The contemporary drug law reform movement holds varying levels of interest for historians of drugs and alcohol. Drugs historians with an interest in modern drug policy are more likely to find would-be reformers relevant as both subjects and audience; for other historians, contemporary reform may simply be of interest as a personal, political cause. This entry in the “Points on Blogs” series takes a look at drug war criticism on the web, of which there’s no shortage! For U.S.-based drug law reform (more on the weird dearth of transnational activism below), readers could certainly begin with the Drug Policy Alliance. Founder and director Ethan Nadelmann (author of some very historically-informed works of scholarship) has overseen the development of a DPA site that is content-rich and user friendly. The DPA hosts an online resource library (the Lindesmith Library, named for early drug war critic and sociologist Alfred Lindesmith) with more than 15,000 documents and videos. As for bloggers, drug war reformers would do well to consider Pete Guither’s blog Drug WarRant, or StoptheDrugWar.org (especially the Speakeasy blog). For today, however, I’ll focus on another blog: Sterling on Justice and Drugs.
Sterling is Eric Sterling, who clearly knows a thing or two about justice and drugs. For historians of recent U.S. drug policy, he’s an historical actor in his own right–as Counsel to the U.S. House of Representatives Judiciary Committee for ten years, he helped the Subcommittee on Crime develop the now-notorious Anti-Drug Abuse Acts of 1986 and 1988. Almost immediately thereafter, Sterling became active in reform circles. He serves as President of the Criminal Justice Policy Foundation (and Sterling on Justice and Drugs is, effectively, the blog of the Criminal Justice Policy Foundation).
As with many sole-authored blogs, Sterling on Justice and Drugs has ebbs and flows of content. 2009 and 2010 were particularly active years for posting, while this year’s output is more modest. As such, it probably merits the occassional check-in for Points readers. Those who do will find a good deal of detailed reporting and commentary on current events. The most recent post, for example, provides outstanding coverage of the recent decision by the NYPD to stop its aggressive program of marijuana possession arrests, often precipitated by police orders for citizens to empty their pockets when stopped. Sterling includes a link to a powerful memorandum from sociologist Harry G. Levine; this figure and table from Levine’s memo speak volumes about change (and continuity) in NYC:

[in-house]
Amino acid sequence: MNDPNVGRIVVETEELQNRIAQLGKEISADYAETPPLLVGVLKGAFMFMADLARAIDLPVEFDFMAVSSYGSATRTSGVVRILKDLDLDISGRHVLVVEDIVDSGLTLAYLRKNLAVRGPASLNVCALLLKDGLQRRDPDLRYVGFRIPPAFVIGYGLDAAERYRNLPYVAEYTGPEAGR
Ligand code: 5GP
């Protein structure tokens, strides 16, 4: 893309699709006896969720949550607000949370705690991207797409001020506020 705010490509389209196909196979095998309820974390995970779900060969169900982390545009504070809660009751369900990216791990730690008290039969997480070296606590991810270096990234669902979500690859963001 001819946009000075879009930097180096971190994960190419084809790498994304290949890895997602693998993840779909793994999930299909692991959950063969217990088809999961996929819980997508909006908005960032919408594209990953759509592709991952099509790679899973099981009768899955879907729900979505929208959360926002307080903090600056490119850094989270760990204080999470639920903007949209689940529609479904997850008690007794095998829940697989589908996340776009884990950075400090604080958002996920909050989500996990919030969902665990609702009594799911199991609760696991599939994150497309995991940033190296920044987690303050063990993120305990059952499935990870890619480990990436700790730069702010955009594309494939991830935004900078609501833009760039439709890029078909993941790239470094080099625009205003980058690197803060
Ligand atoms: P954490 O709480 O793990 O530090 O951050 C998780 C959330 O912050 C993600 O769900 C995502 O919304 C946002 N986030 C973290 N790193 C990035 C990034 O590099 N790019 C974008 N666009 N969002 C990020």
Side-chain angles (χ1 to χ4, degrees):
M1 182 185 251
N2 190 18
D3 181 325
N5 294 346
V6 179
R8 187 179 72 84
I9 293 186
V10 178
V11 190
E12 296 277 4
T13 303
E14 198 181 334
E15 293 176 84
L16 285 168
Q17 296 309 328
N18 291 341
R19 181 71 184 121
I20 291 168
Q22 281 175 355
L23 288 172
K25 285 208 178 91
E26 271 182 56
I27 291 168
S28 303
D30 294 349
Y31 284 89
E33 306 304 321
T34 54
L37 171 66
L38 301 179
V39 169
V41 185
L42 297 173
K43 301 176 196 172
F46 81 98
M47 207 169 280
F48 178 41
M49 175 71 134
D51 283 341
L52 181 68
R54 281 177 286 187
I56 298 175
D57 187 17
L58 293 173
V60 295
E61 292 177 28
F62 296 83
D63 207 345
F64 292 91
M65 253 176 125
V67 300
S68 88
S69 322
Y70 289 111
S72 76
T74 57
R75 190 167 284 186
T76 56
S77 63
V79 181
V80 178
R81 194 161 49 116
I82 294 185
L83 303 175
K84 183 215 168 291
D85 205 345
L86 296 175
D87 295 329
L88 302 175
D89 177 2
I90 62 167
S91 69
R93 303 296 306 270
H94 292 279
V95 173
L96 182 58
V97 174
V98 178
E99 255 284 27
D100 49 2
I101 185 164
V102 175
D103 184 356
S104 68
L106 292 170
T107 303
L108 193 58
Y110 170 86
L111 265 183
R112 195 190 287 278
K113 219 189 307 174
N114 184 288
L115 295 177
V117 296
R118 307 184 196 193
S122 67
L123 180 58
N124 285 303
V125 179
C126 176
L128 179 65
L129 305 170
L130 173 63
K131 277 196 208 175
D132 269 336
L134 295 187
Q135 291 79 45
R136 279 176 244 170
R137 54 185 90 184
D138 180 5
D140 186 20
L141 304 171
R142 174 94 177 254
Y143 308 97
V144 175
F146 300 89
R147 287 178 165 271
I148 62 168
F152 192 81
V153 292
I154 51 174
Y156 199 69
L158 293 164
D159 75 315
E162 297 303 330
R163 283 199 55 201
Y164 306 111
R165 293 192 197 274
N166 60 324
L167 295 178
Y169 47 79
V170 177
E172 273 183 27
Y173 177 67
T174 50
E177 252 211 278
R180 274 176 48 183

For users, Sterling’s blog isn’t quite as easy to use as one might like. Without a helpful tagging system, the archives aren’t really accessible (one could simply choose to read back through the posts). Perhaps drug law reform is so “of the moment” that no one needs a guide to past work; Points readers can simply check in periodically to see what’s literally new.
The only other quibble with Sterling’s blog is that it is pretty relentlessly U.S.-focused. Let me be clear–the blog actually has a fair amount of interesting coverage of global drug problems (and American foreign policy/drug policy), like this short piece on Jamaican gangs, or this longer-form commentary on Mexico and Colombia. But when it comes to reform, the coverage tends to end at the borders of the U.S. So, where is the coverage of drug law reform movements around the globe? Most of the sites mentioned in this post have episodic coverage of global reform and activism, but I’d welcome reader suggestions for locating even more comprehensive web coverage.
Joe Spillane is Professor of History at the University of Florida. He has authored Cocaine: From Medical Marvel to Modern Menace in the United States (Johns Hopkins Press, 2000) and co-edited Federal Drug Control: The Evolution of Policy and Practice (Haworth Press, 2004). More recently, he authored Coxsackie: The Life and Death of Prison Reform (Johns Hopkins Press, 2014). His current drug-related research agenda includes: the history and development of drug abuse liability assessment; reflections on the nature of drug epidemics; and examinations of drug war “harms” in historical context.